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...continued from comic strip above

 

Yes, I am a Trailhead. But now that we’re on the back page of this section — and Trail can’t eavesdrop — I can tell you something in private.

Being a Trailhead isn’t what it used to be.

For one thing, our numbers are thinning; the tao of “Trail” is lost on younger generations. Even if newspaper comics had not declined as a cultural touchstone (they haven’t been hip since the days of “Bloom County” and “Calvin and Hobbes”), “Trail” the strip would not be of much interest to BuzzFeed. Trail is many things, but cool is not one of them. His 47-year courtship of Cherry Davis, for example, was notable not just for its duration (they finally married in 1993) but also by its chasteness.

The comic strip also requires patience, something that is in short supply in a smartphone-focused world. The story lines have always taken time to unfold, but in recent years the action has slowed to a glacial pace. A columnist for the St. Louis Post-Dispatch even wrote in 2015 how he had finally reached his limit over a narrative that stretched out for months. He titled his piece “The unbearable lightness of being without Mark Trail.” And he had a point.

We Trailheads have also realized that a significant portion of people who read the strip today do so in large part just to poke fun at it.

I guess “Trail” was a bit campy even at the beginning (it was parodied in MAD magazine in 1954), but that aspect was lost on me as a 10-year-old. It’s not lost on the online community, though, where he is a frequent target of the Internet’s special brand of snarkiness.

Comics forums are rife with discussions of the strip’s artistic foibles. Whether it’s the haphazardly placed dialogue balloons that make it appear animals are speaking, or the recycling of panels from earlier strips to unintentionally comic effect, there’s plenty of fodder for the critics.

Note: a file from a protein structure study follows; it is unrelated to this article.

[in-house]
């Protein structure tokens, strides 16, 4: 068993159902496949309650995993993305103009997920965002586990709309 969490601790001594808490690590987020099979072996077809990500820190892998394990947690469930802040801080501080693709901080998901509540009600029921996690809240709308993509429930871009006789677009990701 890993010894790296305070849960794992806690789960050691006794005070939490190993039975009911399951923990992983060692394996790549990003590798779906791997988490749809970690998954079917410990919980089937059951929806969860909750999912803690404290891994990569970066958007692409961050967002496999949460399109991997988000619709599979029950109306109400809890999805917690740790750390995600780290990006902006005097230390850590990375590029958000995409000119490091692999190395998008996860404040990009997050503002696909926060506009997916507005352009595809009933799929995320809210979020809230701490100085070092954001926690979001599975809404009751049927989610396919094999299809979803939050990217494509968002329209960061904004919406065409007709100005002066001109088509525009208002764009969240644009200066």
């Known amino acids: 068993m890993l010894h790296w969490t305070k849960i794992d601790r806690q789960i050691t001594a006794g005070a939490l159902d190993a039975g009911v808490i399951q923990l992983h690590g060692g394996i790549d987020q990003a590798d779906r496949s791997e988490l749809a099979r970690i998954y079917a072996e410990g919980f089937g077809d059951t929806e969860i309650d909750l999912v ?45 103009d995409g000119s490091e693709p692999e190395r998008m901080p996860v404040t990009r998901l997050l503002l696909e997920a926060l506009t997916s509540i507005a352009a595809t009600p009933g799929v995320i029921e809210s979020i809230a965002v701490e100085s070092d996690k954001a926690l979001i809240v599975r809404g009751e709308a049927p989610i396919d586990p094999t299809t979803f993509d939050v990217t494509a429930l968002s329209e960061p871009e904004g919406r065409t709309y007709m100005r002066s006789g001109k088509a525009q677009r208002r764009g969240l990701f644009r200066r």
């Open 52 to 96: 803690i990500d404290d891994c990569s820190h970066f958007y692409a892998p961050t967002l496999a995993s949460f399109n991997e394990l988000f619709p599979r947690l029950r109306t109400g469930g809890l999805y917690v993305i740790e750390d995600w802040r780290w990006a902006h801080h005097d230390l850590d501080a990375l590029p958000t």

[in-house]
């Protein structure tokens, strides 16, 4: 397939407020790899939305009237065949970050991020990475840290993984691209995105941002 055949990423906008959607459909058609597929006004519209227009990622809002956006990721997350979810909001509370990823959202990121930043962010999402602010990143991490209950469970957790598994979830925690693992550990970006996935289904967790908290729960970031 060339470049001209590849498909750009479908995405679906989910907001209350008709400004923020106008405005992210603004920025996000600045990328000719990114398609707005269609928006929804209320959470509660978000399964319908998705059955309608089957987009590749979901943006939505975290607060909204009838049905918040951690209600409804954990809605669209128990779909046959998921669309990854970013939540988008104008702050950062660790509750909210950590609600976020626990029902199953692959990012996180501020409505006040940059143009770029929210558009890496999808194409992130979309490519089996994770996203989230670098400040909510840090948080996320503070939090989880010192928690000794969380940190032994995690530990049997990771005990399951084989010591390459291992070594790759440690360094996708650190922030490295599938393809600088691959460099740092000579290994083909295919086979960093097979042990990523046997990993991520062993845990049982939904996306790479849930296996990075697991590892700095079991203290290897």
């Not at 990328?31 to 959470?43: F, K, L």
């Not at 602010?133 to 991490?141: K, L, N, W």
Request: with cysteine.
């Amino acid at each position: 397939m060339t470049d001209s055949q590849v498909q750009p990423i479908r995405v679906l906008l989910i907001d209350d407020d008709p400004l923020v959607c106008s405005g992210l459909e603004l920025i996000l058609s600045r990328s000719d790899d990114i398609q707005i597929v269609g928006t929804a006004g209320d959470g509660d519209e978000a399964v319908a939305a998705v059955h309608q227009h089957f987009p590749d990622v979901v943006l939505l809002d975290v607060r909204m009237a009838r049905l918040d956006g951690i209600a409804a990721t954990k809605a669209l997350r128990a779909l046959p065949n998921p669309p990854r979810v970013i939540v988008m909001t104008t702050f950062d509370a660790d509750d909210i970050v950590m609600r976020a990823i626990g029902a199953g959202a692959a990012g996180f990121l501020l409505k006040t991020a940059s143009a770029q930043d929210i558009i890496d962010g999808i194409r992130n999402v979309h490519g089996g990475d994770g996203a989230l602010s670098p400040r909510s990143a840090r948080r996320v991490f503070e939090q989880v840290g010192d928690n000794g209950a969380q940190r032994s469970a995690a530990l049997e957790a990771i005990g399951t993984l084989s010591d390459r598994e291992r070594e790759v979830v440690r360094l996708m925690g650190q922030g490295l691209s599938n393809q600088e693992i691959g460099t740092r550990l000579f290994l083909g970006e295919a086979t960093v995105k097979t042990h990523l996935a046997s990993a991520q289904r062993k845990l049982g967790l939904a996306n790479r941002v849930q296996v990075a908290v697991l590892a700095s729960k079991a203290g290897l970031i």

There was some thought that “Trail” might get a reboot when Elrod retired from drawing the strip shortly after his 90th birthday in 2014. His successor, James Allen, even reached out to commentators who mocked the comic to assure them he was making an effort to modernize it, to push the envelope. But we’re still waiting. Mark is as Mark has always been.

So where does that leave us Trailheads?

The story goes that when the Washington Post tried to drop “Trail” some years back, the paper received thousands of phone calls and letters begging that the decision be reconsidered. One day, then-executive editor Ben Bradlee, who presided over the paper’s Watergate coverage, saw a sign getting waved outside his office ­window urging him to “Bring Back Mark Trail.” Finally having had enough of it, Bradlee quickly made up his own sign: “OKAY.”

Maybe times have changed, but if “Trail” can outlast the guy who took down Richard Nixon, he can’t be too worried about a few cranky bloggers. And neither should we Trailheads.

I know that I owe Trail enough that I’ll hang in there with him as long as he’s around. After all, I do get paid to write about the outdoors. When it’s all said and done, he really was a role model.

Jeff Moravec is a Minneapolis writer and photographer. Reach him at jmoravec@mac.com.